To state it crudely, rape is the “trademark” of the current genocide in Darfur, the western region of Sudan. Genocide historians have remarked that although sexual violence has been a brutal component of past genocides, the scope and magnitude of rape in Darfur is unparalleled. Pamela Shifman, a U.N. expert on sexual exploitation, commented that rape is being used to “terrorize individual women and girls…to terrorize their families and to terrorize entire communities. No woman or girl is safe.”
The majority of the sexual assaulters are part of the Janjawid militia, a tribe that the Sudanese government has enlisted to carry out the genocide. A Darfurian refugee from Mukjar confessed, “When we tried to escape they shot more children. They raped women; I saw many cases of Janjawid raping women and girls. They are happy when they rape. They sing when they rape and they tell that we are just slaves and that they can do with us how they wish.” In addition to frequently contracting HIV/AIDS and experiencing reproductive complications, women also endure societal ostracism after being raped.
It is clear that we must take action against sexual violence in Darfur. However, what sort of action will truly be effective and not just guilt-alleviation for those of us who are aware of the situation?
I believe that the most powerful solutions are the innovative ones that look beyond the problem itself and find solutions in unexpected ways. Solar Cookers Internationals is an organization that has creatively responded to this crisis by working with Jewish World Watch and the KoZon Foundation (a Dutch charity) to disseminate solar cookers to the Darfurian refugees living in Iridimi and Touloum refugee camps in Chad. With solar cookers, women and girls no longer need to leave the refugee camp to go out foraging for wood. The task of collecting firewood is physically exhausting, environmentally damaging, time-consuming and extremely dangerous. When women leave their refugee camp they face a high risk of being gang raped by the Janjawid and men risk murder. However, after completing a training workshop, Darfurian women and girls can acquire their own solar cookers to safely sterilize water and cook food without stepping foot outside the refugee camp, where the Janjawid and Sudanese soldiers roam and plan their next attack.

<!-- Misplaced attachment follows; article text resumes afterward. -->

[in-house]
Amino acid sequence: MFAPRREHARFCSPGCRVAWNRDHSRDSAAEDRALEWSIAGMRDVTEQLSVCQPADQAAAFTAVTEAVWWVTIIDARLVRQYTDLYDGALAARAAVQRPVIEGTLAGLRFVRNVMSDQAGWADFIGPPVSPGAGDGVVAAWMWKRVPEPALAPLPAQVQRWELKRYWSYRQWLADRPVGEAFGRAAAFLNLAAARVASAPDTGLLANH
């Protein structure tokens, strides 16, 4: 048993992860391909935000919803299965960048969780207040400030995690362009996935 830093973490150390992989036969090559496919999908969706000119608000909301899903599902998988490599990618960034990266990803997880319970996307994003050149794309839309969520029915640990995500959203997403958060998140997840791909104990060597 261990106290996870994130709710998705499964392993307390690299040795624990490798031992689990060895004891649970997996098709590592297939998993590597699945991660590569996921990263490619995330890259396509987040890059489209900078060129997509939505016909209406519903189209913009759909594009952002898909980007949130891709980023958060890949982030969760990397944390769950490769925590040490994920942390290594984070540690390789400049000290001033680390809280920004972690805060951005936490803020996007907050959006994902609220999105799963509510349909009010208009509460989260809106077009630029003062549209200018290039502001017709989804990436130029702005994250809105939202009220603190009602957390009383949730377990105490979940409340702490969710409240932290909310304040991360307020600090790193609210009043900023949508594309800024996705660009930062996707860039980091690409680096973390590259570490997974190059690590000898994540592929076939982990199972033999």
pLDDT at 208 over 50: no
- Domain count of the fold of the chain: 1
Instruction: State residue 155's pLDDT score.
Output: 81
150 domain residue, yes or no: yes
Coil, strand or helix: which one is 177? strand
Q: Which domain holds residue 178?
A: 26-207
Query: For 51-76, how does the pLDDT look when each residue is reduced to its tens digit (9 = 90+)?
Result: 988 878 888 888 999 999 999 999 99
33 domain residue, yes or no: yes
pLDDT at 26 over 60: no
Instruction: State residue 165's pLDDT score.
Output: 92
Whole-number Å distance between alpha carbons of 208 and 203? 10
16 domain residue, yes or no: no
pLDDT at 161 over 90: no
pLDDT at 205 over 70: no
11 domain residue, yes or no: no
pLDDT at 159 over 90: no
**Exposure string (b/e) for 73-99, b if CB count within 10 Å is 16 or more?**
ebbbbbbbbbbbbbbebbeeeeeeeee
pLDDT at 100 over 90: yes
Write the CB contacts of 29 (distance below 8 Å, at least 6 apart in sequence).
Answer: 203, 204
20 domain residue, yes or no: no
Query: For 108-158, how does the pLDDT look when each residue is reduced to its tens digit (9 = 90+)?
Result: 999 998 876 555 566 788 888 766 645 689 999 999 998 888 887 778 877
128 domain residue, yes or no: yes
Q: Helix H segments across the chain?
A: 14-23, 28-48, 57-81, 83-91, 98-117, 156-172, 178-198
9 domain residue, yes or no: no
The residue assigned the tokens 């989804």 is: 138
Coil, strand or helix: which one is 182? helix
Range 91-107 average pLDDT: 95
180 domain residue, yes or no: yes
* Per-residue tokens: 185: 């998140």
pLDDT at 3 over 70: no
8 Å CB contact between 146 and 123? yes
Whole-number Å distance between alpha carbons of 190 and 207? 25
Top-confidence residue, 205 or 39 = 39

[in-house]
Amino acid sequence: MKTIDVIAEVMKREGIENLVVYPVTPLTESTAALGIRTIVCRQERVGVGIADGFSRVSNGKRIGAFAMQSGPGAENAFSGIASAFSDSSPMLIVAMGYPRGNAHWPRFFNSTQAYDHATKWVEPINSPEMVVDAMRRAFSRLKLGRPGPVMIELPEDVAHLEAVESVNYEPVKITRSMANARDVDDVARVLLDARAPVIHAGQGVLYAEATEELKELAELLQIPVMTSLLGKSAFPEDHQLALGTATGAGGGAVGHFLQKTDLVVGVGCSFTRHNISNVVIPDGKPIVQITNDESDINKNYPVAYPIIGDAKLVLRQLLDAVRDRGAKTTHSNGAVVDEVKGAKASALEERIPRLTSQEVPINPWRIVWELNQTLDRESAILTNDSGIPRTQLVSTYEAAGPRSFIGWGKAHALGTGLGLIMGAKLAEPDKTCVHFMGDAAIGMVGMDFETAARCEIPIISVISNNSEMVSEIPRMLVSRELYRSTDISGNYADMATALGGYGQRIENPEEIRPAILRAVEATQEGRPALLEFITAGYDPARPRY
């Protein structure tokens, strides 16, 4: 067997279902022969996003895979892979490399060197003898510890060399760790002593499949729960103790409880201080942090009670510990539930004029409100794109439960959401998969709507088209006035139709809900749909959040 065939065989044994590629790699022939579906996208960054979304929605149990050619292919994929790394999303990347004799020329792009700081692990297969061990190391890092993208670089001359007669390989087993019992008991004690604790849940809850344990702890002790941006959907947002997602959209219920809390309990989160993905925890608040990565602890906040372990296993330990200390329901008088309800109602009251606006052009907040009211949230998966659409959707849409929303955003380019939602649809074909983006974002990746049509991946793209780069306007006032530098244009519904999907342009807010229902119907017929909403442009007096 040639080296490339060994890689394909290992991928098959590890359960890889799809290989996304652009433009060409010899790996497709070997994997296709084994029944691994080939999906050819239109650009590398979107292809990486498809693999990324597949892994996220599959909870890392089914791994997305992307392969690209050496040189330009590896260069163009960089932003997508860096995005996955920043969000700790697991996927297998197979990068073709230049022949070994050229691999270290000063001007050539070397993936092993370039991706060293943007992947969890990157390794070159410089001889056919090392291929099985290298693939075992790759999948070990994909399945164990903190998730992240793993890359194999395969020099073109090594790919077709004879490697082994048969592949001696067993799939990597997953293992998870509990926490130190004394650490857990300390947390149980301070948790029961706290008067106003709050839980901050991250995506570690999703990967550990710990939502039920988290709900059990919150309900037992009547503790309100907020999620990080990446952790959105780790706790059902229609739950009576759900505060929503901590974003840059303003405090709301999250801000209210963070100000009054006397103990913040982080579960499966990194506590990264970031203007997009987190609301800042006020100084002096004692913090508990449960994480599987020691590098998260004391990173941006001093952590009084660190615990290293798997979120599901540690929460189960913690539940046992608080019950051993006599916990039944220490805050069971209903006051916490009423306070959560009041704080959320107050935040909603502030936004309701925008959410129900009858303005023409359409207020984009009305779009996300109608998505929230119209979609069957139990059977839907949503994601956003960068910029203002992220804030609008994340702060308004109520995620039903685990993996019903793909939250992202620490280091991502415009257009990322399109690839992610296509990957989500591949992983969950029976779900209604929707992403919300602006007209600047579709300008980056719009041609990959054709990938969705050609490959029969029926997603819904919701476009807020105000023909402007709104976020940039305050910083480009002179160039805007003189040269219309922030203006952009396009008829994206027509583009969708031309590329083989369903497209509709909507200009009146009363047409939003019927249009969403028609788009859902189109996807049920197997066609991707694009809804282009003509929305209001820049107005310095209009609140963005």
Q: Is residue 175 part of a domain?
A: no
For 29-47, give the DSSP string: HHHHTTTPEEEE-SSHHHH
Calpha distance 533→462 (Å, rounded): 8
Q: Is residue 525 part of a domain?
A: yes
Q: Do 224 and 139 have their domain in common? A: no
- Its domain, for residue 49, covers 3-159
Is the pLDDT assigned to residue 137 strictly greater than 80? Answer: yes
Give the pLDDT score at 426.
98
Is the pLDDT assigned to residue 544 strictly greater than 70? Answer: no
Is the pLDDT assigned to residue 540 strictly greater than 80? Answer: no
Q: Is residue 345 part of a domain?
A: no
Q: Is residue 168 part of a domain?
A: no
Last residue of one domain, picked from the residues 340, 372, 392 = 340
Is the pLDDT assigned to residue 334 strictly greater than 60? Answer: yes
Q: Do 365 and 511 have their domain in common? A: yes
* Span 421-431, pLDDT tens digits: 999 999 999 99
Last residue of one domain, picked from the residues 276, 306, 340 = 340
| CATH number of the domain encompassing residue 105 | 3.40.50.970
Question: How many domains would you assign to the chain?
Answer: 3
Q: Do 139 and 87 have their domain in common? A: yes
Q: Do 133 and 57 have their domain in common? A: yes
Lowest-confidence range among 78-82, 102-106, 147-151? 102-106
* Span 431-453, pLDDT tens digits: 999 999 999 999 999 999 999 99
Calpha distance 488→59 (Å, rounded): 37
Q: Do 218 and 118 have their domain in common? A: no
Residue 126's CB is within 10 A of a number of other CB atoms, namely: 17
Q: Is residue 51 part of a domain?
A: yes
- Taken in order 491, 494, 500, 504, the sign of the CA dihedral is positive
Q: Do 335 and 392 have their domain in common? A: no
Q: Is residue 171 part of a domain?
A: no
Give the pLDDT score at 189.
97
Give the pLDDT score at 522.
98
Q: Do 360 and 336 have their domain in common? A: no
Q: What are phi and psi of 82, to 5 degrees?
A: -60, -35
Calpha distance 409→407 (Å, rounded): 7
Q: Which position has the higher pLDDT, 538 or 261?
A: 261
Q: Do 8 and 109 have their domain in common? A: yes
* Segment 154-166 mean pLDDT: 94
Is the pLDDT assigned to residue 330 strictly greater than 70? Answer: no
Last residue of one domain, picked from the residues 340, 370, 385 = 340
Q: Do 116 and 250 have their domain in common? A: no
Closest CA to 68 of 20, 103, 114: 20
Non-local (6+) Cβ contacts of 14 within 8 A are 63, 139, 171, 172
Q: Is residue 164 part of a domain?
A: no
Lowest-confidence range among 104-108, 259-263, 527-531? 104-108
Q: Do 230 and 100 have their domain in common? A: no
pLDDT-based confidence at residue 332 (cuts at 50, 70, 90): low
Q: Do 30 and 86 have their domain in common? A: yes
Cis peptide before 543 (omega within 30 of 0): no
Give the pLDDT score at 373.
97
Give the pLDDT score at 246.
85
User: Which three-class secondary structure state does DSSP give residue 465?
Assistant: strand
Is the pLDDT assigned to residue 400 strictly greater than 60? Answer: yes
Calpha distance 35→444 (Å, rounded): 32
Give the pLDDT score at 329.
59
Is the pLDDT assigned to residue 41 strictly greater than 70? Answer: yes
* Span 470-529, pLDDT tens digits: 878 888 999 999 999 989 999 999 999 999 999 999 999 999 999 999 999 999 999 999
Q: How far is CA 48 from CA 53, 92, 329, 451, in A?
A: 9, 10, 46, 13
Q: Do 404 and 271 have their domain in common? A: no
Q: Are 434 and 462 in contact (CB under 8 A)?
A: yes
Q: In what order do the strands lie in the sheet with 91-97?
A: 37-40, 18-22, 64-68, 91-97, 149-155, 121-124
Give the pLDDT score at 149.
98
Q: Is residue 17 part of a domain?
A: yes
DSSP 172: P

To ensure security for the 2.5 million Darfurian refugees, they ultimately need a robust international peacekeeping force. According to a recent agreement, the United Nations is planning on working with the African Union to provide a “hybrid” security force in Darfur. However, it is unclear when the United Nations troops will actually be deployed and the African Union is too under-funded and understaffed to deal with the crisis alone.
In the murky waters of failed international interventions, we must rely on the compassion, creativity and goodwill of individual groups. Thankfully, organizations such as Solar Cookers International have confronted the issue of sexual violence through their innovative solar cooker initiative, which has ensured that at least the women of Iridimi and Touloum refugee camps do not have to risk being raped merely to cook dinner.